The no fault system is probably one of the most confusing things about getting into a truck accident in Pennsylvania. Those injured in truck or car accidents in PA often ask, “why does my own car insurance company pays for medical bills?” or put another way, “why doesn’t the other driver who caused the accident have to pay for my medical bills?”
Who Pays Medical Bills After a Truck Accident in PA
Under the no fault system, medical bills which result from a car accident get paid by the individual’s own car insurance, up to the amount on the policy. This is known as PIP benefits and in Pennsylvania, car insurance policies must provide a minimum of $5,000 of PIP benefits.
Pennsylvania’s no fault system was adopted years ago. The idea behind no fault is to promote lower car insurance costs. By making PIP/medical benefits payable without regard to fault, the idea is that car insurance premiums will be more affordable for everyone.
Many people purchase higher PIP amounts, such as $10,000 or even $50,000. In serious car and truck accident cases, the $5,000 minimum will be reached. So the next question is, what happens after the PIP amount is exhausted?
After PIP is exhausted, the individual’s private health insurance company will step in to pick up the rest of the bills. In a subsequent car accident lawsuit, the individual can make a claim for any medical bills which are still outstanding/due and in most cases, what the health insurance company paid out for the medical bills. The following example explains how this works.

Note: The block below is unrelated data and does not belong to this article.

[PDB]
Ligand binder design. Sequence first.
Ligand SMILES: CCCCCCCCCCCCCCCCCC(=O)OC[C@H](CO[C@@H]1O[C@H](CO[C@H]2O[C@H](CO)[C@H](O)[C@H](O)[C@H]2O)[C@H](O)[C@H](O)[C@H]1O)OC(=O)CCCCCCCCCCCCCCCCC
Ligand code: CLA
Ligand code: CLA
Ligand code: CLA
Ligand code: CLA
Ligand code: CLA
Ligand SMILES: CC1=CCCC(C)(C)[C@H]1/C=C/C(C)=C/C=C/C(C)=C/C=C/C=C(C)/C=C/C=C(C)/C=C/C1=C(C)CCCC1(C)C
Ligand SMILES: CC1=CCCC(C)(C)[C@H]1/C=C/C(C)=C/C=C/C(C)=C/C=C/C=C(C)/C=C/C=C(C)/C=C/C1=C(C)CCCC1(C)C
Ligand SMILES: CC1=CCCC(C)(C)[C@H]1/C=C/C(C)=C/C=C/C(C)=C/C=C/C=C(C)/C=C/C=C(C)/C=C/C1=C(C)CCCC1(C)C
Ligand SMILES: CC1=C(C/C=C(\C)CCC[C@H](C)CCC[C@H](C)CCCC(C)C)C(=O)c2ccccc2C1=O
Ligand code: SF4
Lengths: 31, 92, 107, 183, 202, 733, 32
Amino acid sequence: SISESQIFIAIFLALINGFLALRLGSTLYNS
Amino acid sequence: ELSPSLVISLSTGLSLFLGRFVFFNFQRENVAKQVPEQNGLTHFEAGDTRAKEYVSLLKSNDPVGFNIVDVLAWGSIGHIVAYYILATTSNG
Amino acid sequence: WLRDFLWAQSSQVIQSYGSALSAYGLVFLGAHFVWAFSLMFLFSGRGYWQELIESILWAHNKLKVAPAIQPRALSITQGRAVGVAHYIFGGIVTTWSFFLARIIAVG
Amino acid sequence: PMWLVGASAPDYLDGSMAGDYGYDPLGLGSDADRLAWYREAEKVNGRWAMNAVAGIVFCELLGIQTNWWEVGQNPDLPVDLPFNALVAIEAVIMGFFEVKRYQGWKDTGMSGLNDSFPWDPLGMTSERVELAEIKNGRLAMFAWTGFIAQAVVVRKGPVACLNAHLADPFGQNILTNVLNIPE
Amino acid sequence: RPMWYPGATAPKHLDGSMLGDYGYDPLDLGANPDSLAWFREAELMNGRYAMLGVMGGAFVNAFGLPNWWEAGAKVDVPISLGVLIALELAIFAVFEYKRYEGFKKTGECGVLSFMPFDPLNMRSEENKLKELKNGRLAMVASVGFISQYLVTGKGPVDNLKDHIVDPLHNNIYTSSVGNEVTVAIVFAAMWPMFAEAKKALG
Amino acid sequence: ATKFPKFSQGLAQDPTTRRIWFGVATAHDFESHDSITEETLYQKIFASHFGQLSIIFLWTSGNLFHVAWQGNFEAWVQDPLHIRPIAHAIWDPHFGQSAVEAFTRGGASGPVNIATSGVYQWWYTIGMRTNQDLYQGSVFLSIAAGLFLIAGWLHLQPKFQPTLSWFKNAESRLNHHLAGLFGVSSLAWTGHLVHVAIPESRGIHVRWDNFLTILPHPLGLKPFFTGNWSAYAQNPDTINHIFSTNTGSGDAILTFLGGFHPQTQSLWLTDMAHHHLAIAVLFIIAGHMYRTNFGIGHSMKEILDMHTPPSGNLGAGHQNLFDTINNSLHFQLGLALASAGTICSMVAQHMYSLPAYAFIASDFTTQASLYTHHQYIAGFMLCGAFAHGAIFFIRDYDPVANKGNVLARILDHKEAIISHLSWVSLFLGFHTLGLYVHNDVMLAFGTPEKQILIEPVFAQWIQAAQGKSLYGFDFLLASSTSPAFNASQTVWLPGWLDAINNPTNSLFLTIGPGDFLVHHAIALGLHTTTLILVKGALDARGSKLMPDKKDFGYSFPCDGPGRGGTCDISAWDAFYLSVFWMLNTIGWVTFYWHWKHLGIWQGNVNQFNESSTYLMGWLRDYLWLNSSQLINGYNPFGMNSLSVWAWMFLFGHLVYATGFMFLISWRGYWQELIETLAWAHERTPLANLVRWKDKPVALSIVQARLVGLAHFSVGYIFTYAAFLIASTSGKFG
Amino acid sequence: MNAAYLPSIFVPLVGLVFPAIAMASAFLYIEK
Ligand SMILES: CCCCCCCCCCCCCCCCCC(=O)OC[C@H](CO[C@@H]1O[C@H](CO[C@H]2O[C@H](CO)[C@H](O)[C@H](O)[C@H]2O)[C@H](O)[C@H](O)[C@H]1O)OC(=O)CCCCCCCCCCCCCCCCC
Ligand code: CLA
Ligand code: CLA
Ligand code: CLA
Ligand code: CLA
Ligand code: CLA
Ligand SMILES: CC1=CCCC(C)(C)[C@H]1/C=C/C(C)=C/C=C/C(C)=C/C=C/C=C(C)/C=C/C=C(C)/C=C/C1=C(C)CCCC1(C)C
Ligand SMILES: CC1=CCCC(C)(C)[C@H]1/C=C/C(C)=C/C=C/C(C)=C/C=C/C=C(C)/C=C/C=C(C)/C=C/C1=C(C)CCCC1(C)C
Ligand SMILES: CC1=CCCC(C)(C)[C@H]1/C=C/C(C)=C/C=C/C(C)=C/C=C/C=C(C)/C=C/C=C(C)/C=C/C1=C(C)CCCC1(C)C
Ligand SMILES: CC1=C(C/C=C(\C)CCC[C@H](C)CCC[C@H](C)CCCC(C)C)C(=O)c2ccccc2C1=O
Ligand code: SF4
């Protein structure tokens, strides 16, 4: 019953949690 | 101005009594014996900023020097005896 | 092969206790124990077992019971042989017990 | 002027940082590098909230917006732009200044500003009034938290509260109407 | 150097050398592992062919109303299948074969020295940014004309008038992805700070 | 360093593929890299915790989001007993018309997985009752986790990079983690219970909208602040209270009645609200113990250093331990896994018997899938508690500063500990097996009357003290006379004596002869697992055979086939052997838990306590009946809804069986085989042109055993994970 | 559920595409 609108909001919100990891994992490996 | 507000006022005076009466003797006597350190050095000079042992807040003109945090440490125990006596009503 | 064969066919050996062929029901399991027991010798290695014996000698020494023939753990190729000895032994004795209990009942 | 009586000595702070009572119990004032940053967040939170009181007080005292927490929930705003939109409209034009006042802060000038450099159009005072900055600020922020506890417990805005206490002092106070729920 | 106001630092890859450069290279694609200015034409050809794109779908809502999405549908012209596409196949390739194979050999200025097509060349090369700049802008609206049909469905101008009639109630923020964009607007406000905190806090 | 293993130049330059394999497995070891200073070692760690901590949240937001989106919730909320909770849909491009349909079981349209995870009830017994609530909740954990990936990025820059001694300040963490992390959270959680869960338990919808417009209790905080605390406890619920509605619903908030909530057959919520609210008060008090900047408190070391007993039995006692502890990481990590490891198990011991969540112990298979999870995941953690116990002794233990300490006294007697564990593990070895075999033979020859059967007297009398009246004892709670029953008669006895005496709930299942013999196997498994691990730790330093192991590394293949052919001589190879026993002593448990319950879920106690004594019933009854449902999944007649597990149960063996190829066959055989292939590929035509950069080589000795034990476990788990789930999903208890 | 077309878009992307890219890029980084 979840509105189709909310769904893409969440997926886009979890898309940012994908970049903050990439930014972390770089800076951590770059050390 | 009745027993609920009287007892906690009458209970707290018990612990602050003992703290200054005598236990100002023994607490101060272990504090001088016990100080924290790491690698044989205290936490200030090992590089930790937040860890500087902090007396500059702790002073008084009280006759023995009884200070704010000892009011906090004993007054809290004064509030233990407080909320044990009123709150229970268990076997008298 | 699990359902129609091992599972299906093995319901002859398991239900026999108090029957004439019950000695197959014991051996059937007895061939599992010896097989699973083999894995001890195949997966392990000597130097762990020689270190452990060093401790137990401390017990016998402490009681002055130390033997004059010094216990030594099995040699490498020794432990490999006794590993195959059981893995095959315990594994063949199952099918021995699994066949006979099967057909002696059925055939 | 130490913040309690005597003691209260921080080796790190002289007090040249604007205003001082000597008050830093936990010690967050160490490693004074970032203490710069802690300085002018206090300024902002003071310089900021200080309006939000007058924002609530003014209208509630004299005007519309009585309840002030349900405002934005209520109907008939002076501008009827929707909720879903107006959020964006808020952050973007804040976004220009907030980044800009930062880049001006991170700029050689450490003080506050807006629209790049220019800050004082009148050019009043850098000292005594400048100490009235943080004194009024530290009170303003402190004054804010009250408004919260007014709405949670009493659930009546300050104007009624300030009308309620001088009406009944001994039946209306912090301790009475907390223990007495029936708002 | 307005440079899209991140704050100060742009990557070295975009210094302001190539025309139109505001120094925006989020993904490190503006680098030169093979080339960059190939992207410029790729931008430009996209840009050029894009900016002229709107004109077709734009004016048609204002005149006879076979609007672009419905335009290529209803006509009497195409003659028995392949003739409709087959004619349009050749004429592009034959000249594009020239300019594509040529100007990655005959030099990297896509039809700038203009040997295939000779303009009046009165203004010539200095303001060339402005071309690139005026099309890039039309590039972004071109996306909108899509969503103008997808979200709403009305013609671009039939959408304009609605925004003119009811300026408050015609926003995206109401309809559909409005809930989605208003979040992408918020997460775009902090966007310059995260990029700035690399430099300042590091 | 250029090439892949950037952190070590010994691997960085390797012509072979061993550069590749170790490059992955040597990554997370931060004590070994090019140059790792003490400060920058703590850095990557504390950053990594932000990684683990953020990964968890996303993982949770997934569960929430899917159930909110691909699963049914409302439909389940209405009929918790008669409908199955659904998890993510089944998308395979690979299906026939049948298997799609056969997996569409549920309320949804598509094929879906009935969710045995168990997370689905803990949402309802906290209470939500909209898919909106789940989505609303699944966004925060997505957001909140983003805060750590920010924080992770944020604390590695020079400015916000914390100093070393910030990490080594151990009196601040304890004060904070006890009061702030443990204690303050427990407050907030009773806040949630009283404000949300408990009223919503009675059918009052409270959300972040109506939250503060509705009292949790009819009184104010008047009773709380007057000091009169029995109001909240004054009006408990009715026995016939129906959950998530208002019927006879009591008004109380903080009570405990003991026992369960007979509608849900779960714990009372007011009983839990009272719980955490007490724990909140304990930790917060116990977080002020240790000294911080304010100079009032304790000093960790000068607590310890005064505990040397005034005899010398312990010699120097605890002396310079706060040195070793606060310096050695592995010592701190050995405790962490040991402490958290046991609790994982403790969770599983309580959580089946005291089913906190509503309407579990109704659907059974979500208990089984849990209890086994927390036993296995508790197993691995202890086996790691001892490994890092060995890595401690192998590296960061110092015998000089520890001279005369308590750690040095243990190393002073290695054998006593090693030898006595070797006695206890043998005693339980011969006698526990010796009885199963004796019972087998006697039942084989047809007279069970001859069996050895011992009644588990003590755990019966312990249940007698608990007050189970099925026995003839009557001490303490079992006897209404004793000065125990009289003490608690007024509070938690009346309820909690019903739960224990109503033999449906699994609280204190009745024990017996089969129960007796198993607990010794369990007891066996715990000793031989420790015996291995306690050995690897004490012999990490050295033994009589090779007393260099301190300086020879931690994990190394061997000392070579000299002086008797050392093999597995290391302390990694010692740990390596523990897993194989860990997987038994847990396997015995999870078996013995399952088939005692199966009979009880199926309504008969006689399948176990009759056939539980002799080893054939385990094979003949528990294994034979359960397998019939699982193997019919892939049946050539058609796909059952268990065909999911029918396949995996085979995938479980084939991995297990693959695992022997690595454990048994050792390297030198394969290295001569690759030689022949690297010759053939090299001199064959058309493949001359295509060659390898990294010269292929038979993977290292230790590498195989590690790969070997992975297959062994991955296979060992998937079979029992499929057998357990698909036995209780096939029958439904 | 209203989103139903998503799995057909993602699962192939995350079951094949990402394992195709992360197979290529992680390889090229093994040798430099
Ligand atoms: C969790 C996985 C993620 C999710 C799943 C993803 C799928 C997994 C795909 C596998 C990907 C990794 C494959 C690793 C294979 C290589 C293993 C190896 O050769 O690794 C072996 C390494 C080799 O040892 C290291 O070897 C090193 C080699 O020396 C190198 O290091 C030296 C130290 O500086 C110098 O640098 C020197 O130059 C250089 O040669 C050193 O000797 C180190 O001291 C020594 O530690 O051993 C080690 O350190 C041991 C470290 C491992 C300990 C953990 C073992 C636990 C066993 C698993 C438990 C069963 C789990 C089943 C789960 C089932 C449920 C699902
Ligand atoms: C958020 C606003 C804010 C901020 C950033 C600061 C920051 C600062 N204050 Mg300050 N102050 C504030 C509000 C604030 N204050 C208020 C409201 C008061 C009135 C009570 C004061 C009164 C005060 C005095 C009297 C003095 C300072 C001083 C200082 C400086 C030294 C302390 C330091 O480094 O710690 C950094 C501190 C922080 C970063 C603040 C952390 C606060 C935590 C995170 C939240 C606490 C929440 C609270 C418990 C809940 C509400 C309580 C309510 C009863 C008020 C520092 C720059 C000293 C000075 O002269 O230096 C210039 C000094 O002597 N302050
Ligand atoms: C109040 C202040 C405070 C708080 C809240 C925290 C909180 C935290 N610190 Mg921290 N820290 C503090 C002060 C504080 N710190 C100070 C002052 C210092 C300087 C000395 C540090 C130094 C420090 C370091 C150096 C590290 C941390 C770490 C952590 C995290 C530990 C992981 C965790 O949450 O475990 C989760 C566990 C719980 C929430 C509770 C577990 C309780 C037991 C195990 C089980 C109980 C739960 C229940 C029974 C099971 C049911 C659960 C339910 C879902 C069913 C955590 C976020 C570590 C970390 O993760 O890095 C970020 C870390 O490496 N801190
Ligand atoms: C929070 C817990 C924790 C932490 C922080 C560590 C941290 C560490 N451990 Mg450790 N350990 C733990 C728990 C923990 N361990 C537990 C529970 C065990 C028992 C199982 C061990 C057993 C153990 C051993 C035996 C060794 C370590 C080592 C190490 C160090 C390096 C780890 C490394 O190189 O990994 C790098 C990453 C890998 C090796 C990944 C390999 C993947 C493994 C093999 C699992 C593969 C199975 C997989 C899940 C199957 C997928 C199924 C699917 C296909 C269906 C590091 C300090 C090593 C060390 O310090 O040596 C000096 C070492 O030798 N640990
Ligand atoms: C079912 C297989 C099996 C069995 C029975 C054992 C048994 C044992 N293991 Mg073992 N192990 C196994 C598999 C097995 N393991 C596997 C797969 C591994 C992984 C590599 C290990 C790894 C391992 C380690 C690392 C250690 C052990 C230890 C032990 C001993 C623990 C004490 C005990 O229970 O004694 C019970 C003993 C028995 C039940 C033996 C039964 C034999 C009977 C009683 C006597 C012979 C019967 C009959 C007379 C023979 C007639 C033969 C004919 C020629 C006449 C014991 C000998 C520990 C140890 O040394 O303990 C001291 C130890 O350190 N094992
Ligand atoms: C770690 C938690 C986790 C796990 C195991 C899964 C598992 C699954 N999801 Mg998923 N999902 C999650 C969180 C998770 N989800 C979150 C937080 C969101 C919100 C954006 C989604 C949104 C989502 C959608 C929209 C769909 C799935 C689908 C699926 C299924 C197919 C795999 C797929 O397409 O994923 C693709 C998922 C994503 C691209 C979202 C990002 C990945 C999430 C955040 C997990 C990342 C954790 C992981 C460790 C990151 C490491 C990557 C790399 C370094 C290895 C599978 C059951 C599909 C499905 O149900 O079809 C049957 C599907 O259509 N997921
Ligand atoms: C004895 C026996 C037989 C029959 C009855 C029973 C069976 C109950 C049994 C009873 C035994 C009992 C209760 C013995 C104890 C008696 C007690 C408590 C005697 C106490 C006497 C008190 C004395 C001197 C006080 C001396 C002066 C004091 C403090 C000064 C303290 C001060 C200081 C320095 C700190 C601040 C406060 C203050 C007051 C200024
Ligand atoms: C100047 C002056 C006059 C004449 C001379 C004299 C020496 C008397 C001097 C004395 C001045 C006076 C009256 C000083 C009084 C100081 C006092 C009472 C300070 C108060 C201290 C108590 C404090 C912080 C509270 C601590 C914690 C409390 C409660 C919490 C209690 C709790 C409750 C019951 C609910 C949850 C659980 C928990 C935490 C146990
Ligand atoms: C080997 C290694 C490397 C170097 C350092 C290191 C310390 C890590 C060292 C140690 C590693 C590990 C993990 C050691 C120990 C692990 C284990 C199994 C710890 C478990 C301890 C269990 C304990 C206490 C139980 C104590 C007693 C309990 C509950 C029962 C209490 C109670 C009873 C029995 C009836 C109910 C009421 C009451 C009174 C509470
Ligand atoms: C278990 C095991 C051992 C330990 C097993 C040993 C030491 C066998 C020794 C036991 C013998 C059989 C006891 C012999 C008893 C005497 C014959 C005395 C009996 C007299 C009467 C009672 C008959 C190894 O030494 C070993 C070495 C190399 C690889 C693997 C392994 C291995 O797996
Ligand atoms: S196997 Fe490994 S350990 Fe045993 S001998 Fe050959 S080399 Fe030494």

You are seriously injured in a truck accident. You have $10,000 of PIP benefits, which exhaust with the emergency room charges. After discharge from the hospital, you need rehabilitation, physical therapy and subsequent follow up with an orthopedic doctor. These additional charges total another $15,000, which is paid for by your private health insurance company. You incur roughly $2,000 in out of pocket medical expenses (co-pays, medications, etc.).
In this situation, the health insurance company asserts a right to get reimbursed for what it paid out for the $15,000 of medical bills. So, you would make a claim against the truck driver and/or the trucking company for medical bills totaling $15,000 (what insurance paid) as well as your $2,000 of out of pocket expenses. You may also make a claim for any reasonably certain future medical expenses. These claims for medical expenses would be in addition to pain and suffering as well as lost wages (past and future).
More from our truck accident law library:
- Truck Driving & Texting – A Very Serious Danger
- Assessing Value in a Philadelphia Truck Accident Case
- Two Causes of Pennsylvania Truck Accidents
Pennsylvania & New Jersey Truck Accident Lawyers
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